I am delighted that Elizabeth is responding well to the personal trainer and I plan to increase the sessions to twice a week.   I just want Elizabeth to be able to go out on her own – she is like a prisoner of her own mind now thanks to being hospitalized for so long – it has not done her any good that is for sure. Elizabeth has made huge efforts since coming home and is getting on with everyone in the family but needs prompting with most things. I as a mother would like her to be independent – with the level of drugging going on at the care home and whilst she was away how on earth can anyone be expected to function.   Well Elizabeth has asked to be reduced to a lower dosage of Clozapine as the level she is on is far too high.  Clozapine is contra indicated re heart conditions and I have seen in the files (I have been going through these with Elizabeth) that something has shown up in an EEG report –  well all the more reason to reduce this chemical and also the fact that sharp arm movements have been noticed when walking and the neurologist was most sympathetic to this.   I have also spent £1000 on private endocrinology reports and was most disappointed to find these had not been scanned onto the GP’s computer system.  Despite being so ill I went and got these and insisted that they be scanned as they are relevant too –  so much for the diagnosis of “paranoid schizophrenia treatment resistant” when all along I have proven there are physical health problems and shockingly these are not being addressed and nothing is being done about the level of Clozapine. Now there is a new consultant psychiatrist I have yet to meet  –  Elizabeth has two diagnoses the team have ignored ie Aspergers and PTSD.  I as a mother cannot ignore these and I have full reports –  so unless there is scientific evidence re Schizophrenia I am afraid I cannot accept this diagnosis and treatment resistant means poor or non metabolizer.  I feel that Elizabeth is not getting the correct treatment according to NICE Guidelines and the BNF does not recommend Clozapine for conditions such as TD.   I hope the new consultant psychiatrist is nice but I will soon find out – Elizabeth has made more than one request to be reduced off this drug to a lower dosage – anyway I will let you know what happens in due course.   I will also give you full details of my forthcoming speech alongside  Elizabeth and her sister  – it is only fair that they are present in case they themselves wish to join in and speak.      I do not hold meeting after meeting in secret like the team – I prefer to speak openly and honestly and I will be basing my speech on evidence.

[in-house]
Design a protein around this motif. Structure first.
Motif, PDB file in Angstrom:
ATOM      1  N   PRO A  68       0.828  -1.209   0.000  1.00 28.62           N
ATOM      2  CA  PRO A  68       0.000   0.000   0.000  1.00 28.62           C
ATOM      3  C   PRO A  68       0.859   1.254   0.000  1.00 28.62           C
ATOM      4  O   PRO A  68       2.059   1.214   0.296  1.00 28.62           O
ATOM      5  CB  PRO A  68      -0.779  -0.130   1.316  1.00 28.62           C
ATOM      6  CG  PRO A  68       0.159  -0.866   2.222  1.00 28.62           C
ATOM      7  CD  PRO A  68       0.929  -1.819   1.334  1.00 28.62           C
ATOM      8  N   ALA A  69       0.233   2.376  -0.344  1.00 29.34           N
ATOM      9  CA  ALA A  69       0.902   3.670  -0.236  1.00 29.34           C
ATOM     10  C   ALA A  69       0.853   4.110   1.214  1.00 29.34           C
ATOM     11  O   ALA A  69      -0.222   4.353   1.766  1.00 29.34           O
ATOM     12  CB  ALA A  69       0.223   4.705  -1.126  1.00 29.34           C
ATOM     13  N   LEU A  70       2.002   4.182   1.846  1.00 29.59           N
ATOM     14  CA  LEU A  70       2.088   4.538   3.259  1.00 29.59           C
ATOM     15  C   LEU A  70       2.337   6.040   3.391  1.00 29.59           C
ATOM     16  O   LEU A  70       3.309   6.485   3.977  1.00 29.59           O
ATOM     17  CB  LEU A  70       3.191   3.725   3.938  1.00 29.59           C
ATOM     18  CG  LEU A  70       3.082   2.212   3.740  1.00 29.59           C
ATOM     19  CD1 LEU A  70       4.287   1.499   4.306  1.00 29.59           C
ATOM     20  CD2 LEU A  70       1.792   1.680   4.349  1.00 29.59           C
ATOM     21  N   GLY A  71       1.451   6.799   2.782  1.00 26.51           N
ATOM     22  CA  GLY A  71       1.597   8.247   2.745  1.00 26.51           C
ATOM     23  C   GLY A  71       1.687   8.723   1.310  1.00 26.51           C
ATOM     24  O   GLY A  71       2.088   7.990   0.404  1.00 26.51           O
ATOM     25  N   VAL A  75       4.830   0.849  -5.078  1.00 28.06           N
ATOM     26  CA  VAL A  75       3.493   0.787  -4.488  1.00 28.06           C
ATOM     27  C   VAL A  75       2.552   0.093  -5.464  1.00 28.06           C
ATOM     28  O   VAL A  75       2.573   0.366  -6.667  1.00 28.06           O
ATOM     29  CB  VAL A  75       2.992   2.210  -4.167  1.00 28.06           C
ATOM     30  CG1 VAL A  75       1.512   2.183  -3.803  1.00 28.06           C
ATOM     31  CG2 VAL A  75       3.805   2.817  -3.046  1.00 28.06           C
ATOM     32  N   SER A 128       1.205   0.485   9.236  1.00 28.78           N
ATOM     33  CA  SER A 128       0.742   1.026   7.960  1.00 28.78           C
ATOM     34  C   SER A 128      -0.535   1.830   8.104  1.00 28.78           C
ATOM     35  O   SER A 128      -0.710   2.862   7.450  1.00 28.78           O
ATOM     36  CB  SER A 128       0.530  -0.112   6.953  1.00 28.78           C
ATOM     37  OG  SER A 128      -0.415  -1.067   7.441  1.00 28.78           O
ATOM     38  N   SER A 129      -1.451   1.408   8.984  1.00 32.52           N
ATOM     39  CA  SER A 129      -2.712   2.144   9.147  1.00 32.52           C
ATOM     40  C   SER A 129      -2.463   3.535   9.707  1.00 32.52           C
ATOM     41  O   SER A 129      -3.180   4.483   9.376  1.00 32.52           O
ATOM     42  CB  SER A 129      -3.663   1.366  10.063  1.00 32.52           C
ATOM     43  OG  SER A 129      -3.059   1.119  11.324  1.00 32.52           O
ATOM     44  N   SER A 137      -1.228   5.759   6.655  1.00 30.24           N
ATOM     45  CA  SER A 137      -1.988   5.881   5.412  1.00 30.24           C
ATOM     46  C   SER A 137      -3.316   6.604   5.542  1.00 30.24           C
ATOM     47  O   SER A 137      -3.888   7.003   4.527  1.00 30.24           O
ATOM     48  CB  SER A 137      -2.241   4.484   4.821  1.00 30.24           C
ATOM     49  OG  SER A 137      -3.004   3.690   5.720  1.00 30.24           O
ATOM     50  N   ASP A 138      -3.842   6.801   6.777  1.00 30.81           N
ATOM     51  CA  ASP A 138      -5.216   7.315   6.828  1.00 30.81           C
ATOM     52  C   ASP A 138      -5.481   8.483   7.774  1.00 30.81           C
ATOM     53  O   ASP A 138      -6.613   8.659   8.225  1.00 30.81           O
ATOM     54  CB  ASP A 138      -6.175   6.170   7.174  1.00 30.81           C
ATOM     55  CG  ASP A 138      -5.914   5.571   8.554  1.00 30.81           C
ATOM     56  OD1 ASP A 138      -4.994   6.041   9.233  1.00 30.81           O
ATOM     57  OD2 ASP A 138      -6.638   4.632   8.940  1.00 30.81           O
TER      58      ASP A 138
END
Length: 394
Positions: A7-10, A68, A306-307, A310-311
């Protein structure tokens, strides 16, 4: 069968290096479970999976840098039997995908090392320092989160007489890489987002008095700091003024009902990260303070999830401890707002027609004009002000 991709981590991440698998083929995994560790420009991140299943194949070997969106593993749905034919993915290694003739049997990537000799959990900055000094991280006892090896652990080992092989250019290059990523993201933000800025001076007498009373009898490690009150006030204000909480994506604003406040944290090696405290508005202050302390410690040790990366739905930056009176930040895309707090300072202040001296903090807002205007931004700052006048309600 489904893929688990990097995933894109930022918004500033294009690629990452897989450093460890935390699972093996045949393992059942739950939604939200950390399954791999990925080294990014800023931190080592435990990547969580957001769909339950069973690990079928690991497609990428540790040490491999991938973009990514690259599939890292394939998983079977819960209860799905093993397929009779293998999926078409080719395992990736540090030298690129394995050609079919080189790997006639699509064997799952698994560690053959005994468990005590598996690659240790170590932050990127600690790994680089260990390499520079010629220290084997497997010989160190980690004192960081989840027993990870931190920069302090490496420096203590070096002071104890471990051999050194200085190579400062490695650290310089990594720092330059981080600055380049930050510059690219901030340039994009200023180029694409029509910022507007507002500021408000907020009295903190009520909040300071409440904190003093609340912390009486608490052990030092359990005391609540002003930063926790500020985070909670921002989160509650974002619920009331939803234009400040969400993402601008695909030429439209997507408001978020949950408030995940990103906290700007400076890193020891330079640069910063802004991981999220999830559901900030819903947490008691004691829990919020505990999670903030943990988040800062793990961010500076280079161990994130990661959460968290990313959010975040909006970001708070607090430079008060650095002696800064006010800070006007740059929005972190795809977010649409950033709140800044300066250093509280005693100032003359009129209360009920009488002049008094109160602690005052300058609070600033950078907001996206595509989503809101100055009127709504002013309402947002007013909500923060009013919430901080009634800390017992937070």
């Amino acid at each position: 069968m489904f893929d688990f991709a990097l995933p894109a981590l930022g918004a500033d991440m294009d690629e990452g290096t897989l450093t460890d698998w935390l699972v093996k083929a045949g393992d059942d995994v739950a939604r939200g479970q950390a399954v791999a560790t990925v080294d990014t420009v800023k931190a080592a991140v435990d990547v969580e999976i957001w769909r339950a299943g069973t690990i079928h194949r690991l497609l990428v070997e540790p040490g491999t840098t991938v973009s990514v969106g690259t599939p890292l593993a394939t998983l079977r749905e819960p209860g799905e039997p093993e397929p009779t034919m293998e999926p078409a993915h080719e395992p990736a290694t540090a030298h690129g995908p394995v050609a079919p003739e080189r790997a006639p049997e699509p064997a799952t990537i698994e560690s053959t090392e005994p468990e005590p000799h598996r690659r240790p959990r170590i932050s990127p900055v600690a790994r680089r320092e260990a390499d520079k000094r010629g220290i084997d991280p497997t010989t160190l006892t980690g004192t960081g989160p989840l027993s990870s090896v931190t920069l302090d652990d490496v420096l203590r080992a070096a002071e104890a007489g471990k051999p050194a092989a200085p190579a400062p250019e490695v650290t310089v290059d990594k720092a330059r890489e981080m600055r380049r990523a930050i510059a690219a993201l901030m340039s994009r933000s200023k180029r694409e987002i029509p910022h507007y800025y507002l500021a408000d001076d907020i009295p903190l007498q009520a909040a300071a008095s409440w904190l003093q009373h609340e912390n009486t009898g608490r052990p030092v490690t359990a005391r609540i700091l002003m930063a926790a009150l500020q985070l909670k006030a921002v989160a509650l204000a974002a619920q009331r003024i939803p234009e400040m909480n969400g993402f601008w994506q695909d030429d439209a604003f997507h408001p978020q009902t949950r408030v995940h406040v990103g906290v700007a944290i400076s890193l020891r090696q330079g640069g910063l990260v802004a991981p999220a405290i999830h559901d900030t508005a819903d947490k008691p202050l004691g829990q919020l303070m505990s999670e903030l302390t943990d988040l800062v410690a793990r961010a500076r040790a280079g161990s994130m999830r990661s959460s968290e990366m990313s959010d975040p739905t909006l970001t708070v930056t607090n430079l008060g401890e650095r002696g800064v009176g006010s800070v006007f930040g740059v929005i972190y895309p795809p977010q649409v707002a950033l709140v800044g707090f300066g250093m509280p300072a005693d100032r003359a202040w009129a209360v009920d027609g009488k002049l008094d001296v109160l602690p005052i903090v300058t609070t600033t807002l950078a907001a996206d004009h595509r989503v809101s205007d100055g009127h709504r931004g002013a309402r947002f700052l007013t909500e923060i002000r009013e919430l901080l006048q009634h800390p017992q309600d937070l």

It was good recently to meet some wonderful people that I have become acquainted with via the ISPS conference and what brilliant professionals you get to meet at such events.   I see they have a conference in New York – how I would love to take Elizabeth to see New York and I would also like to take her to Finland where they have open dialogue –    there is no need to drug to the hilt patients like they do in the UK in the most inhumane way by forced restraint and CTOs.   In Finland they have the right idea and it is no wonder in Tornio they have 95% success rate – well I want to see this for myself and take Elizabeth who spent the happiest time of her life working there once before being prescribed all these chemicals.